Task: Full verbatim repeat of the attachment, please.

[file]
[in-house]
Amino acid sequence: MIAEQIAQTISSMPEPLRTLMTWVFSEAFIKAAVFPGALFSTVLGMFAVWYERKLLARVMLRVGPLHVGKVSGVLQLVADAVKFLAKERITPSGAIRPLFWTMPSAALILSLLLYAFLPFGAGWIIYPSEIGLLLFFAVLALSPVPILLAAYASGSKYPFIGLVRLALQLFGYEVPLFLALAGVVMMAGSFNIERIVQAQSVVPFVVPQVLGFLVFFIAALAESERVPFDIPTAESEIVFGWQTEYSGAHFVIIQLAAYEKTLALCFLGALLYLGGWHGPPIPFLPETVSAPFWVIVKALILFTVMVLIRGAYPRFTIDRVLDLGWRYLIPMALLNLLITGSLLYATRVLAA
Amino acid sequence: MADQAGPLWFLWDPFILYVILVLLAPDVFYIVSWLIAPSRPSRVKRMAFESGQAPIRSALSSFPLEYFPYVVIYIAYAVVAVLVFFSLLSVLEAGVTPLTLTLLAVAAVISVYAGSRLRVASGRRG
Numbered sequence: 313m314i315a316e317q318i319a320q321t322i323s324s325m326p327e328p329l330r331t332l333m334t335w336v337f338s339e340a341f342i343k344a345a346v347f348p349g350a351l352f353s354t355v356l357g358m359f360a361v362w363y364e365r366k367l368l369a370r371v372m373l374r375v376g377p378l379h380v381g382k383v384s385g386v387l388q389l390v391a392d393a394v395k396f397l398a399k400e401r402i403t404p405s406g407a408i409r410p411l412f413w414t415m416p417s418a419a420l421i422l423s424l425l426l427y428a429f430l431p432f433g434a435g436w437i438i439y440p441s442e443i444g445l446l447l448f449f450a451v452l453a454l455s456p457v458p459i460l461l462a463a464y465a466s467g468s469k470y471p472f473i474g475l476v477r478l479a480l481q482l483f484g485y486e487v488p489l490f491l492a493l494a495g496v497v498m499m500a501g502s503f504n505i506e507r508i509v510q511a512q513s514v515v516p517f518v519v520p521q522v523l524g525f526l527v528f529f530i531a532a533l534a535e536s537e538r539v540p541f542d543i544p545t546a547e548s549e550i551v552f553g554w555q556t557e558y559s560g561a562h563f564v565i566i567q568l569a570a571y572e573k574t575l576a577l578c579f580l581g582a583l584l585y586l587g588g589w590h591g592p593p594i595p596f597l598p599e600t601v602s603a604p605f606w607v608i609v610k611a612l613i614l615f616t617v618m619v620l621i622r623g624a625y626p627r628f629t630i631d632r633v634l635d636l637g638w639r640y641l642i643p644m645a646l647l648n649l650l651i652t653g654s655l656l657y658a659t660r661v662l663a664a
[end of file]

[in-house]
Amino acid sequence: MIAEQIAQTISSMPEPLRTLMTWVFSEAFIKAAVFPGALFSTVLGMFAVWYERKLLARVMLRVGPLHVGKVSGVLQLVADAVKFLAKERITPSGAIRPLFWTMPSAALILSLLLYAFLPFGAGWIIYPSEIGLLLFFAVLALSPVPILLAAYASGSKYPFIGLVRLALQLFGYEVPLFLALAGVVMMAGSFNIERIVQAQSVVPFVVPQVLGFLVFFIAALAESERVPFDIPTAESEIVFGWQTEYSGAHFVIIQLAAYEKTLALCFLGALLYLGGWHGPPIPFLPETVSAPFWVIVKALILFTVMVLIRGAYPRFTIDRVLDLGWRYLIPMALLNLLITGSLLYATRVLAA
Amino acid sequence: MADQAGPLWFLWDPFILYVILVLLAPDVFYIVSWLIAPSRPSRVKRMAFESGQAPIRSALSSFPLEYFPYVVIYIAYAVVAVLVFFSLLSVLEAGVTPLTLTLLAVAAVISVYAGSRLRVASGRRG
Numbered sequence: 313m314i315a316e317q318i319a320q321t322i323s324s325m326p327e328p329l330r331t332l333m334t335w336v337f338s339e340a341f342i343k344a345a346v347f348p349g350a351l352f353s354t355v356l357g358m359f360a361v362w363y364e365r366k367l368l369a370r371v372m373l374r375v376g377p378l379h380v381g382k383v384s385g386v387l388q389l390v391a392d393a394v395k396f397l398a399k400e401r402i403t404p405s406g407a408i409r410p411l412f413w414t415m416p417s418a419a420l421i422l423s424l425l426l427y428a429f430l431p432f433g434a435g436w437i438i439y440p441s442e443i444g445l446l447l448f449f450a451v452l453a454l455s456p457v458p459i460l461l462a463a464y465a466s467g468s469k470y471p472f473i474g475l476v477r478l479a480l481q482l483f484g485y486e487v488p489l490f491l492a493l494a495g496v497v498m499m500a501g502s503f504n505i506e507r508i509v510q511a512q513s514v515v516p517f518v519v520p521q522v523l524g525f526l527v528f529f530i531a532a533l534a535e536s537e538r539v540p541f542d543i544p545t546a547e548s549e550i551v552f553g554w555q556t557e558y559s560g561a562h563f564v565i566i567q568l569a570a571y572e573k574t575l576a577l578c579f580l581g582a583l584l585y586l587g588g589w590h591g592p593p594i595p596f597l598p599e600t601v602s603a604p605f606w607v608i609v610k611a612l613i614l615f616t617v618m619v620l621i622r623g624a625y626p627r628f629t630i631d632r633v634l635d636l637g638w639r640y641l642i643p644m645a646l647l648n649l650l651i652t653g654s655l656l657y658a659t660r661v662l663a664a